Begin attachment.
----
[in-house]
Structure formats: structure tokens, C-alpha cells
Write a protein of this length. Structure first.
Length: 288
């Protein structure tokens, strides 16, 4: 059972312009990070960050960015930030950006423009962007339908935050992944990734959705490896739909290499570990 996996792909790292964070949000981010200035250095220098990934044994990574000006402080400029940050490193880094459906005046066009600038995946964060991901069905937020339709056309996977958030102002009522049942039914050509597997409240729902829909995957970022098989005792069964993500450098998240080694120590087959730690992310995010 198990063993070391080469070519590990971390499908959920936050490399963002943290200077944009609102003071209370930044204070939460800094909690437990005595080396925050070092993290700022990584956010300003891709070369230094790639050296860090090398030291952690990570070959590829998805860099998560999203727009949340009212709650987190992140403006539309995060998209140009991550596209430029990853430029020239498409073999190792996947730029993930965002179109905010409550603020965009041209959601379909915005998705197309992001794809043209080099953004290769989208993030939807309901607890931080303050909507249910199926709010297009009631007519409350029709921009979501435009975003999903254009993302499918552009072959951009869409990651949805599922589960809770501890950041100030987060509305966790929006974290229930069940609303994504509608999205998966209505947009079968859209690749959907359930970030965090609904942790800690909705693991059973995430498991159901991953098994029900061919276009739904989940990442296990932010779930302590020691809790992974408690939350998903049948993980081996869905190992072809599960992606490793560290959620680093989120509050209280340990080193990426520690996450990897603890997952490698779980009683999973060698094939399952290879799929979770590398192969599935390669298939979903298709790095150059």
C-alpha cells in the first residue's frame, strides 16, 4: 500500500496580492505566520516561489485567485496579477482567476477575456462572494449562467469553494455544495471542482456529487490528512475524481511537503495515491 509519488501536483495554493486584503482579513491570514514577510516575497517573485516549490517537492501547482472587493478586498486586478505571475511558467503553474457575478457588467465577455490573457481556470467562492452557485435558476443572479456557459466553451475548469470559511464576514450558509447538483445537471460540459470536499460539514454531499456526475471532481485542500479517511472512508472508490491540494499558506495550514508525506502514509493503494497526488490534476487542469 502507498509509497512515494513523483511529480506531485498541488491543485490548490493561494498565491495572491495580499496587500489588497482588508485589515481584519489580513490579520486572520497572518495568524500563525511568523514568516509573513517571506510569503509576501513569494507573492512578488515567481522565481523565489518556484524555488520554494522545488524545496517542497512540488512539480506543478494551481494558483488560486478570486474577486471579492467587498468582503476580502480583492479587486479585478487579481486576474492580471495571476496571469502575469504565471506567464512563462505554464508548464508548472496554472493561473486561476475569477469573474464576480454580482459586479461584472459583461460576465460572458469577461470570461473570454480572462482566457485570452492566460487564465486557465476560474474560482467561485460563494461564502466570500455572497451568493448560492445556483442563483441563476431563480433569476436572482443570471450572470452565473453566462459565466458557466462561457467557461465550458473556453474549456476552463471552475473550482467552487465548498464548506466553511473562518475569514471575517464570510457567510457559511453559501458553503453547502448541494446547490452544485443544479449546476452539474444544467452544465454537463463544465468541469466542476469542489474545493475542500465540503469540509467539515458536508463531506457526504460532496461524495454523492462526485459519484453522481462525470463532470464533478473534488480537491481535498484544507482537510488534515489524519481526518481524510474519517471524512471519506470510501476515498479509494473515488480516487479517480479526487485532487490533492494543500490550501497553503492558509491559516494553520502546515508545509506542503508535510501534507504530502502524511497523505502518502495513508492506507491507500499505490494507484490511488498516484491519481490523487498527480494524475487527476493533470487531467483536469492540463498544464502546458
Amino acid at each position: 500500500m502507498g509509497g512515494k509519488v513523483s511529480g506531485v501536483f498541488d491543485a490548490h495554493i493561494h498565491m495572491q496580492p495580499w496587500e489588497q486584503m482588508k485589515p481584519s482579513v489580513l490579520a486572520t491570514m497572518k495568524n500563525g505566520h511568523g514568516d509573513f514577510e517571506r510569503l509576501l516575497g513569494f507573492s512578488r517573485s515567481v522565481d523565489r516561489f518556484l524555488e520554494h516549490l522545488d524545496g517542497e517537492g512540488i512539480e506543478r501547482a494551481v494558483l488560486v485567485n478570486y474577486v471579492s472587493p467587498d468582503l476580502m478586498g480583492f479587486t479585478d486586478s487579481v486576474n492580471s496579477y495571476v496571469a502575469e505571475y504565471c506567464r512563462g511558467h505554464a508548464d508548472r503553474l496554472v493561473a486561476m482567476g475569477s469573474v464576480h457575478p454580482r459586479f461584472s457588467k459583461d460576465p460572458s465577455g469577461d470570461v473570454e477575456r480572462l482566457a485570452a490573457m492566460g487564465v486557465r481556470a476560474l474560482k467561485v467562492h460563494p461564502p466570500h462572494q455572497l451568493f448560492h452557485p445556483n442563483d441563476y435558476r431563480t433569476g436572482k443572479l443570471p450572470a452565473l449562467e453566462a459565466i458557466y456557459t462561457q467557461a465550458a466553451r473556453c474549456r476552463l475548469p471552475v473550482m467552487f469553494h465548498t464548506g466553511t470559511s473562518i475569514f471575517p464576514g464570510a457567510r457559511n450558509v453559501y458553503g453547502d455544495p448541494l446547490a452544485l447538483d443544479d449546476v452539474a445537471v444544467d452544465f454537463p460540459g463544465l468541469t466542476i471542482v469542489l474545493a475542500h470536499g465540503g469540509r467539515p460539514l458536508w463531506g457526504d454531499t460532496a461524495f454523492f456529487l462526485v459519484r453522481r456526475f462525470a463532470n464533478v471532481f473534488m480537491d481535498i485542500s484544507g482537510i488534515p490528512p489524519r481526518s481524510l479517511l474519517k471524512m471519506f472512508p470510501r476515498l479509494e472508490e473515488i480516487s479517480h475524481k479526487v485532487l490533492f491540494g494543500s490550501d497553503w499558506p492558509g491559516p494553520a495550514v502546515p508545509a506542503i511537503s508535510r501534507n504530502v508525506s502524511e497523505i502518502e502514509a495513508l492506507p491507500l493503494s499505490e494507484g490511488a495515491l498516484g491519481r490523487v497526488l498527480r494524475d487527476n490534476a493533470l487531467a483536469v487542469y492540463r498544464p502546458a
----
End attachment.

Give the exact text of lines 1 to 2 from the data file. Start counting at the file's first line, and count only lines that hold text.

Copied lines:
[in-house]
Structure formats: structure tokens, C-alpha cells